There are many models of personality that combine the emphasis on the environment with the focus on patterns of thought.
The models are referred to as social-cognitive or cognitive-behavioral.
Albert Bandura believes that personality is created by an interaction between the person and the environment.
His model is based on the idea of reciprocal determinism.
The three factors influence both of the other two in a constant looplike fashion.
Brad is friendly.
Brad's behavior is influenced by this personality trait.
He goes to a lot of parties because it influences the environments he puts himself in.
Brad's loquacious behavior makes the parties even more partylike.
The more Brad talks, the more friendly he thinks he is.
Brad's outgoing nature is reinforced by the environment of the party, which encourages him to talk to many people.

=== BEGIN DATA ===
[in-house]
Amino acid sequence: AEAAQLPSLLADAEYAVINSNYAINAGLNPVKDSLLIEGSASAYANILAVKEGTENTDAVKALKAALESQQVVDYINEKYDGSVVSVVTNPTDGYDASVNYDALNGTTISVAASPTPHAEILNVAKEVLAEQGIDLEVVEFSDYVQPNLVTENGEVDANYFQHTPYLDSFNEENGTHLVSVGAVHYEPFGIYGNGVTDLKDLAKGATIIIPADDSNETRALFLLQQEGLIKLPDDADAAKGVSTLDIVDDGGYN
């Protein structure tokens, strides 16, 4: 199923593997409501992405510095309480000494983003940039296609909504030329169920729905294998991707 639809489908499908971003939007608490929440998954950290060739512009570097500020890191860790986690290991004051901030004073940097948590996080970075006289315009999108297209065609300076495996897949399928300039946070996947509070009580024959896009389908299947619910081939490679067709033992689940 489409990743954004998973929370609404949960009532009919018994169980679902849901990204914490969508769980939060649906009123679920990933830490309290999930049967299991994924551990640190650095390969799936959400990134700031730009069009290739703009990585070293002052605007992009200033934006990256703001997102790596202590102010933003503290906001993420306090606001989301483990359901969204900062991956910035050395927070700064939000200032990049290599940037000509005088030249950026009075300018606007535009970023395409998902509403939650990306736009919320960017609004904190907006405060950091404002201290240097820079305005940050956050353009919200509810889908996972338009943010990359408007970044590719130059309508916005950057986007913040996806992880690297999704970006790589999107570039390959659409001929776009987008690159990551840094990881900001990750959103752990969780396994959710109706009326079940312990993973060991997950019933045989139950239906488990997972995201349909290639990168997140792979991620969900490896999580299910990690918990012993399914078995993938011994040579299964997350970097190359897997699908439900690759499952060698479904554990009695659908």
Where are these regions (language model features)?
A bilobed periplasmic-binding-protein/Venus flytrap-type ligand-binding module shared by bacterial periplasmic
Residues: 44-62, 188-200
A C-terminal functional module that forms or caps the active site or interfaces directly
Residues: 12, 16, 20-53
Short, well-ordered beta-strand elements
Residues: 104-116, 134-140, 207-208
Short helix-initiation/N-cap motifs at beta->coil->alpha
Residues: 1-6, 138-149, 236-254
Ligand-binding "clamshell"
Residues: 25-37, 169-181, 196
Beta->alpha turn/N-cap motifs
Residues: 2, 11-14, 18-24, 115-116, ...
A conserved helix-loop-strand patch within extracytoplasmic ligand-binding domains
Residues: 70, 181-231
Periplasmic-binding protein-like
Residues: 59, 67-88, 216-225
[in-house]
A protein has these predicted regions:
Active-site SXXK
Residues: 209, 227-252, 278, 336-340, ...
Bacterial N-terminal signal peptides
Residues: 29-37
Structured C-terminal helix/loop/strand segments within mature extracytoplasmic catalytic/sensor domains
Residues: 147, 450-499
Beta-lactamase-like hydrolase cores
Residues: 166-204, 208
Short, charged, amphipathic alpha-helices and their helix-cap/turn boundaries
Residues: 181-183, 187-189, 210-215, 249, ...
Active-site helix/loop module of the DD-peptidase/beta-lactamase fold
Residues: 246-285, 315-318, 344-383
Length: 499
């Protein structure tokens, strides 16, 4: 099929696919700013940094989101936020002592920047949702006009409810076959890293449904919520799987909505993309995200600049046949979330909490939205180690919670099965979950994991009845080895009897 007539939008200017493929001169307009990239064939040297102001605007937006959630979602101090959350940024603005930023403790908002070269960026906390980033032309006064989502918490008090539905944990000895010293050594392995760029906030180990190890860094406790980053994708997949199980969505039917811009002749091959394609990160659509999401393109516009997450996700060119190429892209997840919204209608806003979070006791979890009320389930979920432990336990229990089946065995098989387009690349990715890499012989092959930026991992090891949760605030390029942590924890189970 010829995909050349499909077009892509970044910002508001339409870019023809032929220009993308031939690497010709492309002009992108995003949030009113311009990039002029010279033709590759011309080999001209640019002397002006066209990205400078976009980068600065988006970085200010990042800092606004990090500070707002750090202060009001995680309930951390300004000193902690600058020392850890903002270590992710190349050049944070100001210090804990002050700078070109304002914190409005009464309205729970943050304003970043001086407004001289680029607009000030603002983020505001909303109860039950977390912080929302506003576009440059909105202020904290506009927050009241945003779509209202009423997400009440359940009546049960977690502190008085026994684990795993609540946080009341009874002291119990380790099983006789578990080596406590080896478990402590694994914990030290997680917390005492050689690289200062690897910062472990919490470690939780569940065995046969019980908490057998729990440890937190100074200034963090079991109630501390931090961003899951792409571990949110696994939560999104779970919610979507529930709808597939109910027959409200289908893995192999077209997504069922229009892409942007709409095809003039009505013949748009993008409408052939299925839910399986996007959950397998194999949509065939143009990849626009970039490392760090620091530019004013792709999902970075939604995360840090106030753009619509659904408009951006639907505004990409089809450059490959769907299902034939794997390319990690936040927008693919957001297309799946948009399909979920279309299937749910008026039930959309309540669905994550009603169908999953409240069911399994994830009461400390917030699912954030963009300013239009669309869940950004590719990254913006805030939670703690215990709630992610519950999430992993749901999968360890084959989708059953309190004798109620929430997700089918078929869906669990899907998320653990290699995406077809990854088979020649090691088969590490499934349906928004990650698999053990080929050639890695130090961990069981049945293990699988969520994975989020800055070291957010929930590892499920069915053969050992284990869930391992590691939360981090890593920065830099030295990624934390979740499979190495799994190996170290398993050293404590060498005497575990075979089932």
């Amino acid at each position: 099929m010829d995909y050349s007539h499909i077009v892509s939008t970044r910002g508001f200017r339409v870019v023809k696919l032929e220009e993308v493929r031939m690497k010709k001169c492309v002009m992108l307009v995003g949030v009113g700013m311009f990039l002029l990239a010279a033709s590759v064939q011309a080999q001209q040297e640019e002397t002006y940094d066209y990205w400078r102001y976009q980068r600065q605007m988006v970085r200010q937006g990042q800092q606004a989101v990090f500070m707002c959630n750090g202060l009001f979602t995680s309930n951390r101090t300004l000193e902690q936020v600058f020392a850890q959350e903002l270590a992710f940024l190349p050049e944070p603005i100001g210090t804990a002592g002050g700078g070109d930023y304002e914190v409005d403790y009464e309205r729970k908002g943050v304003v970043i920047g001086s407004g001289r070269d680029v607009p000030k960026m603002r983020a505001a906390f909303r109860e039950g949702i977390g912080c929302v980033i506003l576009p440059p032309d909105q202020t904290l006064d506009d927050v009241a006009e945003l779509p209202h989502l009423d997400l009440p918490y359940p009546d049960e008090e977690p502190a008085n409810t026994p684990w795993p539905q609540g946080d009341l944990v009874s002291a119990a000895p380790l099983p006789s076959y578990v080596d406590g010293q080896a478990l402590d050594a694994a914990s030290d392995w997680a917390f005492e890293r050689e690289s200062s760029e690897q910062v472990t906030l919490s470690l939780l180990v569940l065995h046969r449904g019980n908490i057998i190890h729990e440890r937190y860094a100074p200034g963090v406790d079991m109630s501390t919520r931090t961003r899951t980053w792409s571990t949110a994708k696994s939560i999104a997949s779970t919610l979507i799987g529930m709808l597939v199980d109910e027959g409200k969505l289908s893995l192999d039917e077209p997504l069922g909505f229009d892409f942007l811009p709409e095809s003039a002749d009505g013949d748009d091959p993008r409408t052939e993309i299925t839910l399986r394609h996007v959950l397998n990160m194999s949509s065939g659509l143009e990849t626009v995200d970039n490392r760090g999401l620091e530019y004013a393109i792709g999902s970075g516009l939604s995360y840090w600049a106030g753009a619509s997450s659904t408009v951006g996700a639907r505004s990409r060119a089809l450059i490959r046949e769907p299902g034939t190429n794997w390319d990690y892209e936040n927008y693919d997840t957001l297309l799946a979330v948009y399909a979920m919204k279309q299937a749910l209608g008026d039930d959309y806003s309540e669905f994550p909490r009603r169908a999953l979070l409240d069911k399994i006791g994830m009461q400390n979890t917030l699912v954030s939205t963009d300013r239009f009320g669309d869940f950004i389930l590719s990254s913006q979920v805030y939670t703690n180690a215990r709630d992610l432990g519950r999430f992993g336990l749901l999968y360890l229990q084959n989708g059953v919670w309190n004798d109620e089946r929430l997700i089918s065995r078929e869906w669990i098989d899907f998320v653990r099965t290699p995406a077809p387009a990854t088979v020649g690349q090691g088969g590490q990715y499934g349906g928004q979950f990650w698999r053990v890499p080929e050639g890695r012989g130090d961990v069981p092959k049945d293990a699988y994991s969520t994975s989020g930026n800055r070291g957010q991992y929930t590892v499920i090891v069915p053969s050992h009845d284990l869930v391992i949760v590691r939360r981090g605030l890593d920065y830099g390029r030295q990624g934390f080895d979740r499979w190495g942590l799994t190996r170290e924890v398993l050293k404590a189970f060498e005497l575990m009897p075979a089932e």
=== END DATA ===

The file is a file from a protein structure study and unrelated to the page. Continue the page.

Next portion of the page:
People's sense of self-efficacy affects their personality.
People with high self-efficacy think they can get things done while people with low self-efficacy think they can't.
Bandura believed that people's sense of self-efficacy has an effect on their actions.
Two students of equal abilities are taking a test.
The one with higher self-efficacy would act in ways to make that happen, for example, spending more time on the test questions.
The theory of personality was proposed by George Kelly.
Kelly believes that people develop their own systems of personal constructs when trying to understand their world.
Such constructs have pairs of opposites such as fair-unfair, smart-dumb, and exciting-dull.
People use these constructs to evaluate their world.
Kelly believed that people's behavior is determined by how they see the world.
His theory is based on the idea that people's behavior is influenced by their cognitive abilities and that by knowing how they have behaved in the past, we can predict how they will act in the future.
Bandura's concept of self-efficacy is one of the ideas put forth by social-cognitive theorists.
The final example is a concept by Rotter.
A person can be described as either an internal or an external control.